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Wednesday, January 23, 2013

Reproductive rights don't end with abortion

Everyone's talking about the 40th anniversary of Roe v Wade, especially celebrities. They are lending their voices and faces to the movement in hopes to get better access to reproductive health services for women everywhere.

That's all fine and good, but I think part of that puzzle is missing. What no one wants to talk about, it seems, are what happens if you want choices in childbirth. Aren't those reproductive rights, too?

Many pro-choice advocates like to say that Republicans "don't care" what happens if you decide to not have abortion. Maybe, but from the looks of it, they don't care, either - if you want a VBAC, home birth, natural hospital birth, unassisted birth, etc. where are they?

Many celebrity faces of the pro-choice movement include Meryl Streep, Ani DiFranco, Demi Moore, Cybill Shepherd and many others. Meryl Streep had at least one home birth, but I don't hear her ever mention it, much less do a commercial for it. Both Ani and Demi also had home births. Cybill Shepherd searched tirelessly for a doctor who would "let her" give birth vaginally to her twins. Why are none of these women on the street corner with other birth advocates holding signs that say "Stop banning VBACs!" or "Fight for normal birth!"? Demi Moore starred in the movie "If These Walls Could Talk" - perhaps she could play Laura Pemberton, the Florida woman who was taken from her home during a homebirth after cesarean and forced by the court to undergo a repeat cesarean?? I won't hold my breath.

While there are many childbirth advocates, one of the few celebrities standing on that side of the fence is Ricki Lake. A face and name you are likely to remember, with enough leverage to get her advocacy out there, she is equally praised and hated, it seems. While one side praises women for standing up for their rights to not carry a baby if they don't want to, others are demonizing those women who stand up for their rights to birth that baby in the manner of their choosing. Why are so many in the pro-choice movement silent on this?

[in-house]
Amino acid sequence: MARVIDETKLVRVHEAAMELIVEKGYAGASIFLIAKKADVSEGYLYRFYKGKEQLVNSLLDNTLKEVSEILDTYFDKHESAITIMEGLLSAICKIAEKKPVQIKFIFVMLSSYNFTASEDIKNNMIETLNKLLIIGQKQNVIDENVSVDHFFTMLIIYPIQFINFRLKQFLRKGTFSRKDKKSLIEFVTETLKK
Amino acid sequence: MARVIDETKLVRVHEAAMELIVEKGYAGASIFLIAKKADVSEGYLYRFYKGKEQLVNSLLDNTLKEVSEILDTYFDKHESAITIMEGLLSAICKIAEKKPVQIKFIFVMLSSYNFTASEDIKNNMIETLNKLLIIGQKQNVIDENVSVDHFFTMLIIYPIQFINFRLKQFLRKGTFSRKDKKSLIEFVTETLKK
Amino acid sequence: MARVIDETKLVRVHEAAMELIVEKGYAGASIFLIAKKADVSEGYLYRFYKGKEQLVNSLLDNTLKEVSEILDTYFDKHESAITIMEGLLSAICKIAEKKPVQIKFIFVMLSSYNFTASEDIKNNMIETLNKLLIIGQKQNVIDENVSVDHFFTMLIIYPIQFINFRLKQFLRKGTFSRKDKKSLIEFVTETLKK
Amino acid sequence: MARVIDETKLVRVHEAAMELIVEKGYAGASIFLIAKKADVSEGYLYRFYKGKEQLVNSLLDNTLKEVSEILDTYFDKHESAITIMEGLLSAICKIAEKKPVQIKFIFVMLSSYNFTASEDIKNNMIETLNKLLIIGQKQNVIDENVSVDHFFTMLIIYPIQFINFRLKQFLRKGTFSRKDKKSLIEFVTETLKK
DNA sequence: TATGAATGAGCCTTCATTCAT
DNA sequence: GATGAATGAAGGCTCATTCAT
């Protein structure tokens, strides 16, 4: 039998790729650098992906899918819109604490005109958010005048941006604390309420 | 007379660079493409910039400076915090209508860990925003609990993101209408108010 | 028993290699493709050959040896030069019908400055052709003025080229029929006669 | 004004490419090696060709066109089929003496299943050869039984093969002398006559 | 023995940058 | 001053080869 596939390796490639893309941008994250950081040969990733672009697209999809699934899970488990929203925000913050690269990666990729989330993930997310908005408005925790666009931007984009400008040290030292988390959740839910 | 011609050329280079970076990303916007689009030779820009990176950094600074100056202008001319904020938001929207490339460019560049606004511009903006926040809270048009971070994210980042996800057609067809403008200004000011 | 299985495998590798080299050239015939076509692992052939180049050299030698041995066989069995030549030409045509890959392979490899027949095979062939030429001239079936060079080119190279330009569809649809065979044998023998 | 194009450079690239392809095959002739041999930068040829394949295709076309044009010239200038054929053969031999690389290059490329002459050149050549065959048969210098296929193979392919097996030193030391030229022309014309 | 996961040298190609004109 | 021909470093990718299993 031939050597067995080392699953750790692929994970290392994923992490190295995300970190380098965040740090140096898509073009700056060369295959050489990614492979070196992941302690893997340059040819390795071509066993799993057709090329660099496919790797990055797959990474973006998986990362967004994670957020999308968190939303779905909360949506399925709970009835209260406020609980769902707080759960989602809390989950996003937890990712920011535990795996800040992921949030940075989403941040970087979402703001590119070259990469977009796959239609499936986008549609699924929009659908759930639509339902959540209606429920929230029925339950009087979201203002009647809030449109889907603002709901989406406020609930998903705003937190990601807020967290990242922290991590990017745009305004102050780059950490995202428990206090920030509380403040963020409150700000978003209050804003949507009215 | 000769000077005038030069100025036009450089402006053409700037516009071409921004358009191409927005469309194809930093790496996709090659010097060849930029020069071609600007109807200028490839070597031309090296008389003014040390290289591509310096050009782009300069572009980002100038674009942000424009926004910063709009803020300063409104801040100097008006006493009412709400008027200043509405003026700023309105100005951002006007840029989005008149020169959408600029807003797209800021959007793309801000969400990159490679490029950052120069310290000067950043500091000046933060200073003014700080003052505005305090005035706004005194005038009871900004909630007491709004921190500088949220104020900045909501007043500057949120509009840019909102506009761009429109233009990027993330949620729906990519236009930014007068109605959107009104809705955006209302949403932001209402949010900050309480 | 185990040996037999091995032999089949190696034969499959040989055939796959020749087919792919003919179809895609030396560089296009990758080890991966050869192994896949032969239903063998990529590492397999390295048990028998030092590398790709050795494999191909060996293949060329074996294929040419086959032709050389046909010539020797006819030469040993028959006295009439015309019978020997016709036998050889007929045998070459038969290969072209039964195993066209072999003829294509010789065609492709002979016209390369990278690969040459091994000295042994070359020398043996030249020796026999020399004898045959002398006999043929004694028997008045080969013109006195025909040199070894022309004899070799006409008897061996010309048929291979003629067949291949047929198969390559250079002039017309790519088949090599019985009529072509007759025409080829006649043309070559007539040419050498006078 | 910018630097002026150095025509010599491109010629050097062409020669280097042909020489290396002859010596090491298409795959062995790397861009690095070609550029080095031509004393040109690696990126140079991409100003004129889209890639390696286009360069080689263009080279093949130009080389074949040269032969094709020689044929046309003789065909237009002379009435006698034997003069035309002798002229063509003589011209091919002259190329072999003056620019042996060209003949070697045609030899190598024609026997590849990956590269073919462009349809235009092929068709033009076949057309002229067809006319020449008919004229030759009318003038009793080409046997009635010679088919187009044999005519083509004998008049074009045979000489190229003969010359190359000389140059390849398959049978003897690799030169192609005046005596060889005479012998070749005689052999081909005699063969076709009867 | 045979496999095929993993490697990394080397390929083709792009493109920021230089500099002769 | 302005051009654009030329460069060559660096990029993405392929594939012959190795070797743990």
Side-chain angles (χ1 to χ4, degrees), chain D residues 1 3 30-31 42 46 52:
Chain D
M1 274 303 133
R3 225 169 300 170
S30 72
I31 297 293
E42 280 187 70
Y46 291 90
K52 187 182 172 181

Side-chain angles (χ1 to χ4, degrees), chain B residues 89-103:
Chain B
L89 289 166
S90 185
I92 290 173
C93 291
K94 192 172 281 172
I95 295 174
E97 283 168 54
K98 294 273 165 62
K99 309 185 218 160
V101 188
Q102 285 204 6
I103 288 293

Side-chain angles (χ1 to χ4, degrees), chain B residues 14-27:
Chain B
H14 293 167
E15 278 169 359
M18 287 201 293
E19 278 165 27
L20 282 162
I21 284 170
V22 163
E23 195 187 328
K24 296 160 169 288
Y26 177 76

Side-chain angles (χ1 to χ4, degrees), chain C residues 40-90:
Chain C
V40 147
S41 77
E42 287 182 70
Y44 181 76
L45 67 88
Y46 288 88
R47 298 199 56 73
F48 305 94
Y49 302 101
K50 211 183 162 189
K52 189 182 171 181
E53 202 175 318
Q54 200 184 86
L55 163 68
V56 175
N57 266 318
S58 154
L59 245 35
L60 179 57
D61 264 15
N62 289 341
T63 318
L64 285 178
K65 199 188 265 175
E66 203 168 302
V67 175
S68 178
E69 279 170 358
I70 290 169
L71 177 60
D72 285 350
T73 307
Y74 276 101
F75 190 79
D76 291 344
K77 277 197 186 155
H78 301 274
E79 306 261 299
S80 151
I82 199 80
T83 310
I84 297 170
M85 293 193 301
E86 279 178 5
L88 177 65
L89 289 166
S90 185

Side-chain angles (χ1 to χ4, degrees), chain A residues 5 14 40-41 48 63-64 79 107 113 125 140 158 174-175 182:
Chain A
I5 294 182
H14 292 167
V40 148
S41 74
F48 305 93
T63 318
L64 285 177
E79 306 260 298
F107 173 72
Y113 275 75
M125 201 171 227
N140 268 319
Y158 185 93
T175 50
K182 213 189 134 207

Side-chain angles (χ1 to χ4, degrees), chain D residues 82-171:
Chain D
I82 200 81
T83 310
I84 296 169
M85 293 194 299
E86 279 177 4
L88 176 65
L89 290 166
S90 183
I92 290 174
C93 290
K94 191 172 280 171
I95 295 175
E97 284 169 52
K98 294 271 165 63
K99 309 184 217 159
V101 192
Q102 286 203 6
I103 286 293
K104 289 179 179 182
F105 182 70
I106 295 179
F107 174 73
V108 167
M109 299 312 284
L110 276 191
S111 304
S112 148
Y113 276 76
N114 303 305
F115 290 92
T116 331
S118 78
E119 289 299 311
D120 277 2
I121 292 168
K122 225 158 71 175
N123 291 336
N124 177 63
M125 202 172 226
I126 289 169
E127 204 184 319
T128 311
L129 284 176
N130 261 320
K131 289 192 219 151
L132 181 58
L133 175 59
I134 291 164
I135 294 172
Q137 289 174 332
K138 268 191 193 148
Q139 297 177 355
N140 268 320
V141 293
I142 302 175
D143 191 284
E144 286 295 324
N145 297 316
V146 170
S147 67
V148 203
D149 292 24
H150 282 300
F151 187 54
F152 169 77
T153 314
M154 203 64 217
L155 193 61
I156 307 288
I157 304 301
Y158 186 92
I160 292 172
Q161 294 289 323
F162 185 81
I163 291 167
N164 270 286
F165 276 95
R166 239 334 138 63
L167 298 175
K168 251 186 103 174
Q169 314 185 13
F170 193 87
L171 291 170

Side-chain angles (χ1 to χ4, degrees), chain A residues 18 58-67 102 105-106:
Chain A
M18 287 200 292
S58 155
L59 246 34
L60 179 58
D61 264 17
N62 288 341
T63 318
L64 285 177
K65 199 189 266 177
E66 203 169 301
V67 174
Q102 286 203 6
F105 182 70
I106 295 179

I just read an article from the feminist site Jezebel that in a nutshell says, "Home birth is dangerous. Natural birth advocates are stupid," and unbelievably lists one of her sources as "Hurt by Homebirth," a website run by Dr. Amy Tuteur (who, I think we can all summarily agree, is someone who hates all women that exercise their childbirthing rights more than anyone I've ever known).

Why aren't they saying, "I personally wouldn't have a home birth, but applaud Ricki Lake for standing up for birthing women?" Instead of basically saying "I only support the reproductive freedoms of some women, not all." They similarly malign Michelle Duggar, mom of 19 kids.

We readily support advocates who sail into international waters to provide abortions to women in need, but where is the support for victims of forced abortions in China? I am not saying that providing abortions to women in countries where they are strictly illegal and maternal deaths are high is not a necessary service. But why are you only focusing on one aspect of reproductive care? What are you doing to improve birth outcomes and make childbirth safer for those women?

Where are Meryl Streep, Kyra Sedgwick and others when...
• a woman's doctor won't "let her" go beyond 40 weeks?
• a woman's doctor dispatches the police when she wants a natural birth and refuses the induction appointment?
• every hospital you turn to has banned VBAC?
• you want to have a home birth but your midwife could be arrested for attending it?
• you are bullied endlessly about scheduling an induction or cesarean when you don't want one?
• you want a doula but your doctor or hospital "won't allow" it?
• you are removed from your home during a home birth in progress, only to have a judge sign a court order and demand you have a cesarean? (see the Laura Pemberton link above)
• your doctor, nurses and anesthesiologist repeatedly badger you about accepting an epidural even though you don't want one?
• hospital workers dispatch CPS when you refuse a cesarean, or because you birthed a breech baby at home?
• hospital staff treats you badly during a homebirth transfer?
• your local hospital has a VBAC ban in place and says they will get a court order to force you into surgery even if you show up in labor?
Excerpt from the ICAN VBAC database (currently under construction
and now only open to paying members) 
Please note: The state of New York, or any other state, for that matter, does not have a ban on VBACs. Individual hospitals may have outright bans, or "de facto bans," which means they would allow it but no physician will support you in your efforts